Book Review: The Guinevere Deception (Camelot Rising #1) by Kiersten White

I would like to stress that the below review reflects my honest opinion.

 

About the Book:

The Guinevere Deception (Camelot Rising, #1)

From New York Times bestselling author Kiersten White comes a new fantasy series reimagining the Arthurian legend, set in the magical world of Camelot.

There was nothing in the world as magical and terrifying as a girl.

Princess Guinevere has come to Camelot to wed a stranger: the charismatic King Arthur. With magic clawing at the kingdom’s borders, the great wizard Merlin conjured a solution–send in Guinevere to be Arthur’s wife . . . and his protector from those who want to see the young king’s idyllic city fail. The catch? Guinevere’s real name–and her true identity–is a secret. She is a changeling, a girl who has given up everything to protect Camelot.

To keep Arthur safe, Guinevere must navigate a court in which the old–including Arthur’s own family–demand things continue as they have been, and the new–those drawn by the dream of Camelot–fight for a better way to live. And always, in the green hearts of forests and the black depths of lakes, magic lies in wait to reclaim the land. Arthur’s knights believe they are strong enough to face any threat, but Guinevere knows it will take more than swords to keep Camelot free.

Deadly jousts, duplicitous knights, and forbidden romances are nothing compared to the greatest threat of all: the girl with the long black hair, riding on horseback through the dark woods toward Arthur. Because when your whole existence is a lie, how can you trust even yourself?

*THE FIRST BOOK IN THE CAMELOT RISING TRILOGY*

My Thoughts:

The Guinevere Deception, Book 1 in the Camelot Rising series, is a re-telling of the famous King Arthur story from Guinevere’s point of view. However, this is a story with a twist. Here, the focus is on the heroine, but the story is placed at a time when all magic has been driven out of Camelot and Merlin is no longer present. Arthur sits on the throne, but needs to wed and produce an heir to ensure that his line continues. In this version of the story, Guinevere is not who she claims to be, but is sent to Camelot under the guise to protect Arthur.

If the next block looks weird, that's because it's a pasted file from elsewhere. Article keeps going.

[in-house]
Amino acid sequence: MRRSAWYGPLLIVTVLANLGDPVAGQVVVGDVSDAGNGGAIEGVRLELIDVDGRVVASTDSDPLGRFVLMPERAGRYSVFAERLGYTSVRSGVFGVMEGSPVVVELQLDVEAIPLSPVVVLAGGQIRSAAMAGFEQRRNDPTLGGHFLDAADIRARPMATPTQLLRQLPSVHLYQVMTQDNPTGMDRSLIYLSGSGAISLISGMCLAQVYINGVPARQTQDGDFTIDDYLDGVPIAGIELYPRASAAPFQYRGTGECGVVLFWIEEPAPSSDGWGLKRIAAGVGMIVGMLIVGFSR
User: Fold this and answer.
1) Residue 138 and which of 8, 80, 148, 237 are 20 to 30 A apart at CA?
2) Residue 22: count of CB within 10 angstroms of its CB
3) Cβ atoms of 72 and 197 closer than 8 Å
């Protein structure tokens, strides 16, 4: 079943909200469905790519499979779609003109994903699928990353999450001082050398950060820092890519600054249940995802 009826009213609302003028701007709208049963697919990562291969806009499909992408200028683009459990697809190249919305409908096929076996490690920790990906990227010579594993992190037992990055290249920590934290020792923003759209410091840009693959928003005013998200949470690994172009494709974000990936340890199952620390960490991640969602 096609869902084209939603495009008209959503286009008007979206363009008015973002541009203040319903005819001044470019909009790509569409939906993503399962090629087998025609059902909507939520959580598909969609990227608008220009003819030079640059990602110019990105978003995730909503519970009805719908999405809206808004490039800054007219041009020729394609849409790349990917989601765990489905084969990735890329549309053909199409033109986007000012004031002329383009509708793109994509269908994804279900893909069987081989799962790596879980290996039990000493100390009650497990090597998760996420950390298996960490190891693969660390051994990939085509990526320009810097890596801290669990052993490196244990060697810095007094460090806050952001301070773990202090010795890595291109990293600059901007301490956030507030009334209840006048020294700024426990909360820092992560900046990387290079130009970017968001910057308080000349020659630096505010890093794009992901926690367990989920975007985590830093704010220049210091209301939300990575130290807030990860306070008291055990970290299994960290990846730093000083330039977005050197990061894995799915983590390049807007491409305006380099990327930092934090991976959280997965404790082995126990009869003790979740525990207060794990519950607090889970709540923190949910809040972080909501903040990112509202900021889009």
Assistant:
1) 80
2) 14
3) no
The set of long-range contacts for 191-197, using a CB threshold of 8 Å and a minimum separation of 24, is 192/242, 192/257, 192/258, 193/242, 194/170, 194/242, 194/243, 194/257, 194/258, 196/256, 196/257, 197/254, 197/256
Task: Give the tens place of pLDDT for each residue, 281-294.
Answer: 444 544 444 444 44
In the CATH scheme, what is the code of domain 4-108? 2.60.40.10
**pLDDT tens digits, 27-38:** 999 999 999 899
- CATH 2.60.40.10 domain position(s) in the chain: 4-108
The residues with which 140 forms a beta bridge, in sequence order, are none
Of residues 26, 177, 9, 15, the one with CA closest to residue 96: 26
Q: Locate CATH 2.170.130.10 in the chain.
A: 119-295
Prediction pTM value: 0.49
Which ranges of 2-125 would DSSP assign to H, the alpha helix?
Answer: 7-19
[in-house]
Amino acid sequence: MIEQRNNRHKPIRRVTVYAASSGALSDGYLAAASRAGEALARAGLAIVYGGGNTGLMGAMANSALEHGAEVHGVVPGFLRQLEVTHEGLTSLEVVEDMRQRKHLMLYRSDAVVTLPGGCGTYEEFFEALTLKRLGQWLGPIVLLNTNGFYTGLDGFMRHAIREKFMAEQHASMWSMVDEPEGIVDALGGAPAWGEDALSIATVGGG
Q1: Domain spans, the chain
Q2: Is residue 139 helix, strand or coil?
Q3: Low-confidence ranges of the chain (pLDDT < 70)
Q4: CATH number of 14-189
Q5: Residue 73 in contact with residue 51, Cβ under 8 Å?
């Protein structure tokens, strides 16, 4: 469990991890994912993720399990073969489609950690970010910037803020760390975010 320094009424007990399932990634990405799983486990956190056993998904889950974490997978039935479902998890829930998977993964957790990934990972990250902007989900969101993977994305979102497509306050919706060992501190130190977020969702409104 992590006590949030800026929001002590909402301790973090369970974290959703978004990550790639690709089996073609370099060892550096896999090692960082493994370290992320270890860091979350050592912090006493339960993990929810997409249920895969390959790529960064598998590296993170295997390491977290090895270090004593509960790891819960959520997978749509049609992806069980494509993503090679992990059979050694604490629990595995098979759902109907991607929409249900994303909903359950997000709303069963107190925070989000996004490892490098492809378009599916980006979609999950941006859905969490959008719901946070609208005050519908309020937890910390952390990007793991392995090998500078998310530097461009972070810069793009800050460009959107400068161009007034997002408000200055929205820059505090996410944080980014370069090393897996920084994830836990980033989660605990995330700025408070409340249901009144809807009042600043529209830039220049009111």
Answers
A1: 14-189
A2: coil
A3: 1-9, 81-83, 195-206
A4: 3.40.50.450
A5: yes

The story is rife with attempts on Arthur’s life and we get a glimpse into the his past and a little of the actual legend behind his sword, Excaliber. There is a lot going on, but the character of Guinevere did not grow on me. In fact she quite annoyed me sometimes with the way she thinks and whines. She is not as strong as I expected and not very charismatic. In fact she seems to cause more problems than prevent them. The bond between the principal characters is good, but could have been developed more. Even though the plot is deep, it always seems to be missing something and there are moments when the reader is just spending time wondering where the story is going.

I particularly enjoyed the jousts and the mystery surrounding Lancelot. Though the mystery was unnecessarily dragged on, it was quite interesting to read about the author’s idea of the characters and her versions of them. On the whole the re-telling was interesting, it cannot be right or wrong as it is a point of view, but it seemed to drag on and I am not sure where this will take us in the books to come. I did enjoy some parts of it and I would recommend this book for those who want to try out a re-telling.

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